When Washington state pulls the plug on the Colstrip Power Plant, utility customers in Idaho shouldn’t be left with the costs related to the coal-fired generator, regulators have advised.
Citing concerns about customers being unduly burdened with the aging power plant’s cleanup costs and repairs, the Idaho Public Utility Commission has advised Colstrip owner Avista Corp. to keep the commission updated on power plant issues affecting Idaho customers.
The order marks a shift from just a few years ago when Avista indicated it would treat Colstrip as offline in Washington, but continue servicing Idaho with coal power. Avista has customers in both states. The utility has until the end of 2025 to stop delivering coal power to Washington customers. The company’s latest long-term energy plan for Idaho indicated it would be beneficial for customers in that state to be out of Colstrip by 2025, if not sooner.
“It would be unjust and unreasonable for Idaho ratepayers to pay for the policy decisions made in other states if the benefits are not also realized by Idaho customers,” commissioners wrote.
Avista replied to commissioners that it will take time to develop an exit strategy because Colstrip Power Plant has six owners. Puget Sound Energy, Avista and PacifiCorp all face Washington’s 2025 deadline. Together they own 50% of Units 3 and 4. Portland General Electric owns 20% of each unit and faces a 2035 ban on coal power, though it is required to taper its Colstrip power use. This month, Portland General Electric also closed its coal-fired Boardman Power Plant in Oregon.
Only owners NorthWestern Energy and Talen Energy don’t face coal power bans. NorthWestern owns a 30% share of Unit 4, Talen has a 30% share of Unit 3.
The Idaho commission’s staff had raised several concerns about not being able to obtain adequate information about Avista’s ownership in Colstrip Units 3 and 4. The utility has a 15% share in each unit. The staff reported that it learned through news reports last year of $20 million in needed repairs to Colstrip Unit 4. The repairs, first reported by Lee Montana Newspapers, were discovered in poorly redacted documents in Washington state, where Puget Sound Energy has shared the information with regulators.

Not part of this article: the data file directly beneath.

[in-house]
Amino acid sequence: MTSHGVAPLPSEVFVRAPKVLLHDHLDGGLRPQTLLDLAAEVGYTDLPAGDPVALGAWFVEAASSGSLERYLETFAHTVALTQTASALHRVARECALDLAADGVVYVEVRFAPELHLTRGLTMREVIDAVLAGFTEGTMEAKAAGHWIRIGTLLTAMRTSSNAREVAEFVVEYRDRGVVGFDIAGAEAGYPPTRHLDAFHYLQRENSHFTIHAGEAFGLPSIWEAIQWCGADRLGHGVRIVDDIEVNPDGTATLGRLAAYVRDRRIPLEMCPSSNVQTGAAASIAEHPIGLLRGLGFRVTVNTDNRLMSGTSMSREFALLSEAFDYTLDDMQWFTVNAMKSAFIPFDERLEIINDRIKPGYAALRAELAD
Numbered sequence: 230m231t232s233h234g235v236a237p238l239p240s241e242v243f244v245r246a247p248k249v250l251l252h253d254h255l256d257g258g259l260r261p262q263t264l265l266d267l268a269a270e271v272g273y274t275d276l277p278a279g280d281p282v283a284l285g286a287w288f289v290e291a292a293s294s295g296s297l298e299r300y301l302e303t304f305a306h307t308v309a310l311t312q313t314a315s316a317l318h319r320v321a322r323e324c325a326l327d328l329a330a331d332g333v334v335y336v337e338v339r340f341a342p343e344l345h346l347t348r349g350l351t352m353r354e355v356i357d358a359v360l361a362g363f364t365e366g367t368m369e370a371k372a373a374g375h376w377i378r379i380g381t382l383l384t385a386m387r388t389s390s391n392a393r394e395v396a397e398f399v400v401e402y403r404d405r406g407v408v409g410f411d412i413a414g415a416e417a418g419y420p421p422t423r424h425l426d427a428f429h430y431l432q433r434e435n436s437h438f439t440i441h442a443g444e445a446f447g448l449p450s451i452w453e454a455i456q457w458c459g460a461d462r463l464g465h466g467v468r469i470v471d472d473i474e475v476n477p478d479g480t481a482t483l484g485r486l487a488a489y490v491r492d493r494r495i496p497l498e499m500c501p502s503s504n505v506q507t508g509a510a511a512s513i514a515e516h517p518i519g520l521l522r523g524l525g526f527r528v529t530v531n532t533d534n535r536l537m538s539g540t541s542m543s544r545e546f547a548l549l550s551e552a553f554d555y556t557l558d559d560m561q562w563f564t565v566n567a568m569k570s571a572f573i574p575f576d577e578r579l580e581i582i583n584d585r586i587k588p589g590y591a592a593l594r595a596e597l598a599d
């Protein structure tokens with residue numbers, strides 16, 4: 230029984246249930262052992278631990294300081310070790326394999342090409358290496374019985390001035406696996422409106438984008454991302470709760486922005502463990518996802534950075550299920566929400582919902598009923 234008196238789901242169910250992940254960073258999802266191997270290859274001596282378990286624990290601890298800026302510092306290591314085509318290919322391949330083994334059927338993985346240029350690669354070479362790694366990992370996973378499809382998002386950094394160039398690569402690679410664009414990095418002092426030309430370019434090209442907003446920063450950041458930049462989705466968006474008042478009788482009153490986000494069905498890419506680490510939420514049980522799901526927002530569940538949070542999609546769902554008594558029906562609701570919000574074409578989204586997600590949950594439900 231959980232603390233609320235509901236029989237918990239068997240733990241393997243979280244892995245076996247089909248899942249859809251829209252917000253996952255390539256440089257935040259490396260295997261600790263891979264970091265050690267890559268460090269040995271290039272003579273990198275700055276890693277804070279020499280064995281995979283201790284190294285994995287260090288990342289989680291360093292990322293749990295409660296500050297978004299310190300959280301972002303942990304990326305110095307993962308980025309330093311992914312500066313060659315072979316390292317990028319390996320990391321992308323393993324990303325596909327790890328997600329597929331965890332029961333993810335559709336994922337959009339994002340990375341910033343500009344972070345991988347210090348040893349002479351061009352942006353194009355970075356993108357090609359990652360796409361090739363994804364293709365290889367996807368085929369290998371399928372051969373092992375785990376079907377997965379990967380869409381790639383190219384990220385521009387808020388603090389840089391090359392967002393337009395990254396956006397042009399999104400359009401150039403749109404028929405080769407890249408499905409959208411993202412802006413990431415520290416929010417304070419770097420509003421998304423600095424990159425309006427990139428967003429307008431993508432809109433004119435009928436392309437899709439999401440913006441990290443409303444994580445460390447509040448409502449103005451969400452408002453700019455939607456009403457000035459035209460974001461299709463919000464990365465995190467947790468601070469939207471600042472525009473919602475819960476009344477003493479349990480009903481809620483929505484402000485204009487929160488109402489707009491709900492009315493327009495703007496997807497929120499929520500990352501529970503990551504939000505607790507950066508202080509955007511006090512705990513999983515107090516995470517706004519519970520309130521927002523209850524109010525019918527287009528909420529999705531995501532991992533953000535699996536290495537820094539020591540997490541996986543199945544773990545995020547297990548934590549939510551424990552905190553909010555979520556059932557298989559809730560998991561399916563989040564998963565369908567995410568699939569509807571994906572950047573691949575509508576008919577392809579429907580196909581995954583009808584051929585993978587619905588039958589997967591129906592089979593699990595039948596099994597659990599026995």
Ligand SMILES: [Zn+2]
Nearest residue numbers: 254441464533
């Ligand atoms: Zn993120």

Puget is now trying to sell its 25% share of Colstrip Unit 4 to two other Colstrip shareholders: NorthWestern Energy, which is Montana’s largest monopoly utility, and Talen Energy, the power plant operator, now based in Texas. The sale faces stiff opposition in Washington.
The Idaho staff also raised concerns about coal supply uncertainties, environmental compliance costs and concerns about who will operate the power plant. Talen in 2016 gave two years' notice that it didn’t want to be a plant operator anymore but has since opted to stay at the controls.
Consumers in Idaho are concerned about power plant costs and climate change, said Ben Otto of the Idaho Conservation League.
“It gets very unclear about who pays the costs once Washington leaves. It’s a real chance that Idahoans will get stuck with all these extra costs,” Otto said. “That’s really around decommissioning and cleanup. It just gets really hard to decide who’s responsible for what. It would be easier to be aligned,” with Washington.
Idahoans would like to see more renewable energy development in their state, Otto said. The state’s politics are very conservative, but there are no coal-fired power plants in Idaho, and no coal mines. Idaho's coal power comes from other states and is being phased out. Most notably, Idaho Power has recently indicated it might exit North Valmy Station in Nevada as early as 2022. Idaho Power had initially plant to exit North Valmy in 2025.